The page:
A few weeks ago, the EPA caused the largest toxic waste spill in US history.
By the numbers: The massive toll of the Animas River spill
By Ben Brumfield, CNN
Updated 12:57 PM ET, Thu August 13, 2015
The number of gallons of heavy metal filled wastewater the U.S. Geological Survey says spilled into the Animas River. That’s about 60,000 bathtubs full.
The bright discoloration was an obvious flag that something was awry in the river. But the EPA was sluggish with information in the aftermath, as residents worried about possible damage to their health, and businesses on the river shut down.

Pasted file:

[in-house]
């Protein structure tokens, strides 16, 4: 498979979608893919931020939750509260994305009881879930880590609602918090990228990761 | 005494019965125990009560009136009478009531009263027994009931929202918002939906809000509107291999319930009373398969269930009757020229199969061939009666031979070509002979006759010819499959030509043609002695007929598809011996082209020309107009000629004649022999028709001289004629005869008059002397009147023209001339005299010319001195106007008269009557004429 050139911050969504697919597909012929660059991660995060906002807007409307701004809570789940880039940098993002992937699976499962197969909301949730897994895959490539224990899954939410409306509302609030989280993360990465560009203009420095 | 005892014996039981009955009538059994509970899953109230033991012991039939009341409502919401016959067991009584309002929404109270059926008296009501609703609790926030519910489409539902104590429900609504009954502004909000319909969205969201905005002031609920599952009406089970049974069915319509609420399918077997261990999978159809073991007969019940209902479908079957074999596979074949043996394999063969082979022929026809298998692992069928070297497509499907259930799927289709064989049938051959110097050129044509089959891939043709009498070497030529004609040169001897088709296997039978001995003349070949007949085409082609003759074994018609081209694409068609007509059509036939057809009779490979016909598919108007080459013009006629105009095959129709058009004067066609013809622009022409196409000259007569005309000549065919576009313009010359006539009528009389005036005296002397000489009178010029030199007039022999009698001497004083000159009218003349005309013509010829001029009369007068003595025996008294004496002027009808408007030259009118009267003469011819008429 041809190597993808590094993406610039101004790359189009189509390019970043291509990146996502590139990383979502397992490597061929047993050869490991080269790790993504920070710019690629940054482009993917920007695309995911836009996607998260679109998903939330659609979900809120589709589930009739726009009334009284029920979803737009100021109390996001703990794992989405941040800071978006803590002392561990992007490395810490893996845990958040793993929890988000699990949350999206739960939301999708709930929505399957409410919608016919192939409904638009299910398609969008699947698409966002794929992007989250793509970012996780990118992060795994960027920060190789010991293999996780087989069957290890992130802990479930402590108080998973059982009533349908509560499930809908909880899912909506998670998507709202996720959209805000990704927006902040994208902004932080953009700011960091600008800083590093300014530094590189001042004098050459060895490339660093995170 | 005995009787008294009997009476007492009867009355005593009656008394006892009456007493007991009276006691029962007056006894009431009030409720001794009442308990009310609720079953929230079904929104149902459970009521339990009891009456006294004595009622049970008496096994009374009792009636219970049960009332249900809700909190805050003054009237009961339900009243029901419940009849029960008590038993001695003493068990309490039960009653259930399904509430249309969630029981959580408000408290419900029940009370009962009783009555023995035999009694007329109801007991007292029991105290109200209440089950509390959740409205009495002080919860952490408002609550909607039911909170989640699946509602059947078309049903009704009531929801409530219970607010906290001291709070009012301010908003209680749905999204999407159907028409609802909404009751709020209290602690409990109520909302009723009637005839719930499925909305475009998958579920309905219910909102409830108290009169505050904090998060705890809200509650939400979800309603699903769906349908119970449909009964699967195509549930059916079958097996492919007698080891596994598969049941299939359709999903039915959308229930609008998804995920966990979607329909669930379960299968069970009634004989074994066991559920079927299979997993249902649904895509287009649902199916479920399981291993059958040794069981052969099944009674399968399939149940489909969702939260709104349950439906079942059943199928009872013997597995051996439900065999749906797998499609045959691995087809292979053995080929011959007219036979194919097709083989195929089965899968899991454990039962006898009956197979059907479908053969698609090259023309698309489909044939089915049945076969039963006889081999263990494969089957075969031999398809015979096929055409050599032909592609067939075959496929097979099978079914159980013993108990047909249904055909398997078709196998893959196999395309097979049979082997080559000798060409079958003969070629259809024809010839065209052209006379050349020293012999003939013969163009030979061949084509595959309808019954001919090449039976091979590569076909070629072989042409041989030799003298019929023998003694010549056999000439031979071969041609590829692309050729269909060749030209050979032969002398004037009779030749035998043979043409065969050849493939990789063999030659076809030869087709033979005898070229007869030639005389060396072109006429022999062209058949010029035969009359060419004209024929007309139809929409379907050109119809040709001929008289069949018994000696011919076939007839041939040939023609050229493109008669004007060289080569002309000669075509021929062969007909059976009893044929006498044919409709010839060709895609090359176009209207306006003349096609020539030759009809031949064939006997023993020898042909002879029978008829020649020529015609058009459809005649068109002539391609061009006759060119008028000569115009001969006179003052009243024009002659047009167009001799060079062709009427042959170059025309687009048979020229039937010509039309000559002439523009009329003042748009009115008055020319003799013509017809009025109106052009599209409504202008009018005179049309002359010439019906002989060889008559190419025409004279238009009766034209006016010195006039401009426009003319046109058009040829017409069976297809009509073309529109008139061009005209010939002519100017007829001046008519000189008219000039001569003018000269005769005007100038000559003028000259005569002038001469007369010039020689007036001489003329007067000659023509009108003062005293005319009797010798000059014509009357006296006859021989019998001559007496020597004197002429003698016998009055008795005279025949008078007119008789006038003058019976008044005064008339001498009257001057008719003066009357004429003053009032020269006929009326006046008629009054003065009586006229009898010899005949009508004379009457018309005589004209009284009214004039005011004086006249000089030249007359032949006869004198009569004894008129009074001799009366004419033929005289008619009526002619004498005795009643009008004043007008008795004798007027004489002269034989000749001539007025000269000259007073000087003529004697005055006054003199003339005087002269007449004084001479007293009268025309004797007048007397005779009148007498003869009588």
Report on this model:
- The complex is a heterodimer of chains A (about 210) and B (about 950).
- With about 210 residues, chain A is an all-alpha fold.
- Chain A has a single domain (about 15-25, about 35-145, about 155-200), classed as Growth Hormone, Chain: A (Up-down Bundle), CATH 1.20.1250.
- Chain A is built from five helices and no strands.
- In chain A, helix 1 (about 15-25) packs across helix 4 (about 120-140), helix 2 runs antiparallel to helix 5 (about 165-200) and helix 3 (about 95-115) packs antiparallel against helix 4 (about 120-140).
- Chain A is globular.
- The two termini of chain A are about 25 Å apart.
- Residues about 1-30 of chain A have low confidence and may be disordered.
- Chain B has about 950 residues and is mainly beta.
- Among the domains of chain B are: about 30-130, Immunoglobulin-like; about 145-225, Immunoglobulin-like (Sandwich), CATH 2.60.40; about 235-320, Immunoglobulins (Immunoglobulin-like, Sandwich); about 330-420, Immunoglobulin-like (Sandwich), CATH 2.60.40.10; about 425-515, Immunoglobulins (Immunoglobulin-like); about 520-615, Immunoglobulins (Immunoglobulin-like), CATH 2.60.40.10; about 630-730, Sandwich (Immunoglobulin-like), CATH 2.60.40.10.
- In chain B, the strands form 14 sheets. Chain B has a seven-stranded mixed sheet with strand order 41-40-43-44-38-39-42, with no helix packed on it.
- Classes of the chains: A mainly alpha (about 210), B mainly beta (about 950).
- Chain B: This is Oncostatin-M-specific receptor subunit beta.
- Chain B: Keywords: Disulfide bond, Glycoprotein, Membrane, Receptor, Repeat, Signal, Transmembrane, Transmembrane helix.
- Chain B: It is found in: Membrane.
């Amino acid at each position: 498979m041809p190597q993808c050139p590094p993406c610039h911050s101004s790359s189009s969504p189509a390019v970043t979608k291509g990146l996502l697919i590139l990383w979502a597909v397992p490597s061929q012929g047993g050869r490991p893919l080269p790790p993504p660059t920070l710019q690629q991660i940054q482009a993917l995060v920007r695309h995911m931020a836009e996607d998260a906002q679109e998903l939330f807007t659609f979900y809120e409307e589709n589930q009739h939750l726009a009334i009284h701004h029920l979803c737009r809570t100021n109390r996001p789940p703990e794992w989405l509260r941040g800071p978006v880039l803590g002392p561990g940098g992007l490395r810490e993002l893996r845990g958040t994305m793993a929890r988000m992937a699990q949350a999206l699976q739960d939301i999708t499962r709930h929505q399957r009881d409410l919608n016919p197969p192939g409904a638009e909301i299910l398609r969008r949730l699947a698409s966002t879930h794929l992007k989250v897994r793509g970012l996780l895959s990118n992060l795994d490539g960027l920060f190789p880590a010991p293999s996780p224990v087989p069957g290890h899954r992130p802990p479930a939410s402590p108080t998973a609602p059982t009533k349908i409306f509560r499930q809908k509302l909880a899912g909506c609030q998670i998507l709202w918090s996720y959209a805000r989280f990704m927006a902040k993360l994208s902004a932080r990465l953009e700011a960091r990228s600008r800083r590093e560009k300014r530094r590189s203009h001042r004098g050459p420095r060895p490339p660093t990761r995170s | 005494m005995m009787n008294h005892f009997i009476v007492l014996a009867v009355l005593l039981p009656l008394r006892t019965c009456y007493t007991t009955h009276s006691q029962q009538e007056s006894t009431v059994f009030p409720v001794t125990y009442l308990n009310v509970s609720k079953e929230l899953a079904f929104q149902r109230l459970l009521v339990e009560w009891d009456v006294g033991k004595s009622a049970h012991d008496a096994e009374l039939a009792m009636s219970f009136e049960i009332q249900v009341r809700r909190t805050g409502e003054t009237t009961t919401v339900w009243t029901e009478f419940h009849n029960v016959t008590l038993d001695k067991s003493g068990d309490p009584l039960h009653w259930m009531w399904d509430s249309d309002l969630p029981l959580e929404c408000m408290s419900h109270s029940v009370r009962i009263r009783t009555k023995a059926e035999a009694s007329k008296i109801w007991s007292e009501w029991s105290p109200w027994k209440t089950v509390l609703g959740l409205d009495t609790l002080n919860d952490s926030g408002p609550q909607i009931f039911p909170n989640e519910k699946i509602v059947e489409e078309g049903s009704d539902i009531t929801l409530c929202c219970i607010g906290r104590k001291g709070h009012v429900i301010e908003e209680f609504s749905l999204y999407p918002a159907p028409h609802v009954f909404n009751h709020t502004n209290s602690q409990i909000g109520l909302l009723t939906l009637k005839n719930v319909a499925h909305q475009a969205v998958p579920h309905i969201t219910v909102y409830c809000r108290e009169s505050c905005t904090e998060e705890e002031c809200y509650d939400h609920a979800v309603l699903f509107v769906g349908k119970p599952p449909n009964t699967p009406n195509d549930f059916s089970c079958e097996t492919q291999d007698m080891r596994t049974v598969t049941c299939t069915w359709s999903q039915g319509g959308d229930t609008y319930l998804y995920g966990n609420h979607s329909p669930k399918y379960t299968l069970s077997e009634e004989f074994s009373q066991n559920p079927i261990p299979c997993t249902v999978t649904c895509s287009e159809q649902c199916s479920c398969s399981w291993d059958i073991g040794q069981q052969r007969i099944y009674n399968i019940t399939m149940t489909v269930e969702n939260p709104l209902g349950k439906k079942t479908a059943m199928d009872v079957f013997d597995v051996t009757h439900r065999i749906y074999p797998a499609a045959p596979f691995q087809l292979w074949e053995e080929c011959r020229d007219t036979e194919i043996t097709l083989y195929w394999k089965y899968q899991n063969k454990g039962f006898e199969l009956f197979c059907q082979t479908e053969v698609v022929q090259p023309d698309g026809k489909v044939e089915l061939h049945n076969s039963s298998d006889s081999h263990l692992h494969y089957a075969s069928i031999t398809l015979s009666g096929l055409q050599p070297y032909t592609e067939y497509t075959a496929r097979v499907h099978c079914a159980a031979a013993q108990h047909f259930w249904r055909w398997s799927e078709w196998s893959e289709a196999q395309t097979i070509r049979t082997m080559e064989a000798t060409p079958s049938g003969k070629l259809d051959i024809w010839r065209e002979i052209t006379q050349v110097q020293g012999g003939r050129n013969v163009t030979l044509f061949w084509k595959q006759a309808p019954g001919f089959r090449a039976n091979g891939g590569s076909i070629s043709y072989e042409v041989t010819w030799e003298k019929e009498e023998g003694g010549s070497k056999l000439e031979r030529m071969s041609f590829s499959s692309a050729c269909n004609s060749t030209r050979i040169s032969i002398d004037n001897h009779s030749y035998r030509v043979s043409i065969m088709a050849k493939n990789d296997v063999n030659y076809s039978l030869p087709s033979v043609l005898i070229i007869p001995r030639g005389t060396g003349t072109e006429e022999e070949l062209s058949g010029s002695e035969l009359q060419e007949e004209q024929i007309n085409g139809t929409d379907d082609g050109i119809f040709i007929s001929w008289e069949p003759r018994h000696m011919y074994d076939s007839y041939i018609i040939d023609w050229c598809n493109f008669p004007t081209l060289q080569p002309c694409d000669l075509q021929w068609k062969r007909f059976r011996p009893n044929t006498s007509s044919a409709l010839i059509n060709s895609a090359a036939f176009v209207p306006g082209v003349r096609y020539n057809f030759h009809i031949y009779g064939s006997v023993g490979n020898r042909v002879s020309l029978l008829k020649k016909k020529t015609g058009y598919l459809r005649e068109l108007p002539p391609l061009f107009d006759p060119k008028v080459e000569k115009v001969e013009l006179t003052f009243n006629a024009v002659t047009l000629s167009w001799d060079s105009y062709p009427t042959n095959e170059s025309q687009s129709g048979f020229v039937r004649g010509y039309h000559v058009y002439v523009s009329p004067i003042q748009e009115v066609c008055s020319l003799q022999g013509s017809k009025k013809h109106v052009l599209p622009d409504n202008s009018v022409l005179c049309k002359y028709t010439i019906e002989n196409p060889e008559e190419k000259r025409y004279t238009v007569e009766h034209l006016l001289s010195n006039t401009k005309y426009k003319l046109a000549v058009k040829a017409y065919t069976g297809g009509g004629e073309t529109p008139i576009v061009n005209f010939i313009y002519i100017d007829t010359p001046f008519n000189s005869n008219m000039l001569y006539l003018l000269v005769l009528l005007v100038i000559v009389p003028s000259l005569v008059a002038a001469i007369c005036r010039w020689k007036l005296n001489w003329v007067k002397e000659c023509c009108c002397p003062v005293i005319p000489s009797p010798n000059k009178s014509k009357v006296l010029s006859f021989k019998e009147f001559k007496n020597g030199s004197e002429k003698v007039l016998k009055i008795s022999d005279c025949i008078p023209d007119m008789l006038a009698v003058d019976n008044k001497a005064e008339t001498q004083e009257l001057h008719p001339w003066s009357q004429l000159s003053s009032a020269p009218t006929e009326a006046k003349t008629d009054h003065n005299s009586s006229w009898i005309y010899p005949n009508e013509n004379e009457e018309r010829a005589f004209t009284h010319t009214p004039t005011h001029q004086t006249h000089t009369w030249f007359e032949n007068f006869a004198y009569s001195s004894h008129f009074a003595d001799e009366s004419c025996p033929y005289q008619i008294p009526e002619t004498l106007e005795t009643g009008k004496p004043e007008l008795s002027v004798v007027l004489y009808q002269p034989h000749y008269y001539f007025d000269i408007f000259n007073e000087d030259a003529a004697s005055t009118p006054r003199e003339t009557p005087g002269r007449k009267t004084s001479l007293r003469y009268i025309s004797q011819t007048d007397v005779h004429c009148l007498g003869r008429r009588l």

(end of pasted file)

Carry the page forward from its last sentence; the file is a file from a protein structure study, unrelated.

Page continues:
12,000 That’s how many times higher than normal the level of lead was in one water sample tested from the Animas River shortly after the spill.
Lead poisoning is tricky, because at low levels, it can be hard to detect. It can slow down child development and cause learning disabilities, the Mayo Clinic says.
Lead is just one of the many heavy metals released, and it’s not the deadliest. The wastewater also contained extremely high levels of arsenic, cadmium, beryllium and mercury. It also contained zinc, iron and copper.
So how did EPA respond to their own spectacular incompetence? By suing Volkswagen for using software that increases gas mileage.
Disabling the emissions controls brought major advantages, including much better mileage — a big selling point in Volkswagen’s push to dominate in America.
Volkswagen shares declined about 34 percent last week, and the company faces penalties of as much as $18 billion from the Environmental Protection Agency.